Alex Maleev’s art (who also provides his own inks and colours) is, as usual, sublime with the dirty and gritty visuals giving Event Leviathan the sort of grounded, detective noir feel it needs and whilst there’s that certain street-level sense that came with his work on Daredevil, he’s also just as capable when it comes to creating epic scenes – the crumbling interior of the new ARGUS base and the establishing exterior shot of its prior state are stark and beautiful, respectively.

The bottom line:  Event Leviathan launches with a slow burning but interesting and atmospheric start, made all the more appealing thanks to a tried and trusted creative team.

Event Leviathan #1 is published by DC and is available in print and digital formats now.

Images used herein are utilised for illustrative purposes only and remain the property of the copyright owner(s).

Comics Review: ‘Detective Comics’ #1000

DC celebrates 80 years of their most treasured icon…

Detective Comics 1000.png

Main cover art by Jim Lee for the milestone ‘Detective Comics’ #1000 (c. DC Entertainment).

Written by:  Scott Snyder, Brian Michael Bendis, Tom King, Denny O’Neil, Kevin Smith and more / art by:  Greg Capullo, Alex Maleev, Tony S. Daniel, Steve Epting, Jim Lee and more / colours by:  various

What’s it about?

An anthology of short stories to mark the 80th anniversary of Batman as Detective Comics reaches one thousand issues…

In review

Following Superman’s landmark 80th birthday last year, DC presents the 1,000th issue of Detective Comics (more accurately going by the full title of Batman: Detective Comics in contemporary times) in celebration of 80 years of Batman, the comic book publisher’s most treasured (and lucrative) character and one of the world’s most popular and beloved fictional icons.  This behemoth 96-page issue enlists some of the greatest comics talent to produce a truly special and memorable collection of short stories.

There are numerous tales in Detective Comics #1000 and it would be exhaustive to provide a detailed overview of each one but needless to say there are many highlights.  Perhaps fittingly, the book opens with the fan favourite creative team of Scott Snyder and Greg Capullo (whose character work is, pleasingly, a little less rough and cartoonish than in his previous collaborations with Snyder) and intriguingly as they deal with Batman’s longest and most mysterious investigation.  Current Batman writer Tom King with artists Tony S. Daniel and Joelle Jones present “Batman’s Greatest Case” an expectedly strong contribution that involves the whole Bat-Family and some fun interplay between the various players, particularly Dick Grayson and Damien.  Geoff Johns and Kelley Jones team-up in a creepy story dealing with a copycat criminal.  Jones’ art is the only real ‘blip’ here as there’s a diminished, muddied quality to his visuals in comparison to his work in the nineties.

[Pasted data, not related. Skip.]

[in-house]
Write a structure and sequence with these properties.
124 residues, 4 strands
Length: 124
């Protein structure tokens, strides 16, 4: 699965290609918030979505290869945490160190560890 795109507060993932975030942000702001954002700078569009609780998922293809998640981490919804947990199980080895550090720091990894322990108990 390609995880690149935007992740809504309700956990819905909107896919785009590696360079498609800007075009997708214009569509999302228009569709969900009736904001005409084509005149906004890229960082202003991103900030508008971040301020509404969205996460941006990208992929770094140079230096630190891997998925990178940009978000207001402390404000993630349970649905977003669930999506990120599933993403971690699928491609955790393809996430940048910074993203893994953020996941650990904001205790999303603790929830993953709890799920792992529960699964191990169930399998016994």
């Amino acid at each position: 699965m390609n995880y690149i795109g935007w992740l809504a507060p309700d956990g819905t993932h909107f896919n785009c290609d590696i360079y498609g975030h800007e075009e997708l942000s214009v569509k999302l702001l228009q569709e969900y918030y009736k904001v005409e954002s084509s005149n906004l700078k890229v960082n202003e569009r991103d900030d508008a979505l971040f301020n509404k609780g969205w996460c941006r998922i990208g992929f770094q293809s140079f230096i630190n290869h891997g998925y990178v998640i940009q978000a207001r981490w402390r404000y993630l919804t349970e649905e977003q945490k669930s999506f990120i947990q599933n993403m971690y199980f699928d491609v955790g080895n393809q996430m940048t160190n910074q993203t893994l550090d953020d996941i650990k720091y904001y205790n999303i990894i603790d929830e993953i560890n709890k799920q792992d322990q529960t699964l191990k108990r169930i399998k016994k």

Superman and Action Comics writer Brian Michael Bendis reunites with Alex Maleev for “I Know“, a stark and gritty tale where an elderly and bitter Oswald Cobblepot laments that he always knew what Batman’s other foes never knew – the true identity of the man beneath the cowl.  It’s a reminder of Bendis and Maleev’s monumental Daredevil run that will only make readers yearn for a full Batman mini-series from the (dynamic?) duo.

A real treat is the return of the legendary Denny O’Neil (whose most celebrated collaborator, Neal Adams appears elsewhere with a story written by Christopher Priest) who together with the sublime Steve Epting presents an appropriately sombre and moody sequel to the popular “There is No Hope in Crime Alley!“.  O’Neil’s tenure as a Batman writer in the 1970s helped to bring the character back to his darker crime fiction roots after the camp and zany 1960s and revisiting one of his most beloved stories is a perfect addition to this anthology.

The pick of the bunch though has to be “Manufacture For Sale“ by Kevin Smith (geek icon and writer of Batman: Cacophony and Batman: The Widening Gyre) and Jim Lee (DC art god who also pencils the main wrap-around cover for this issue), a heartfelt and poignant story which sees Bruce Wayne’s search for a specific item that ties to his past and turn it from something used for an evil deed and utilise it as an object of hope.  It’s beautifully crafted and bound to be cited in the years to come as a classic moment in Batman history.

Whilst much of the content of Detective Comics #1000 is self-contained it does close out with the title’s regular writer Peter Tomasi and rotating artist Doug Mahnke as they set-up the upcoming Arkham Knight arc that kicks off fully in issue #1001 which brings the popular video game character into DC Universe continuity and leaves the reader ready and waiting for many more issues of Detective Comics.

The bottom line:  Essential for even the most casual of comic book readers and Batman fans, Detective Comics #1000 is a perfect celebration of 80 years of the Dark Knight Detective, boasting some of the very best comics talent.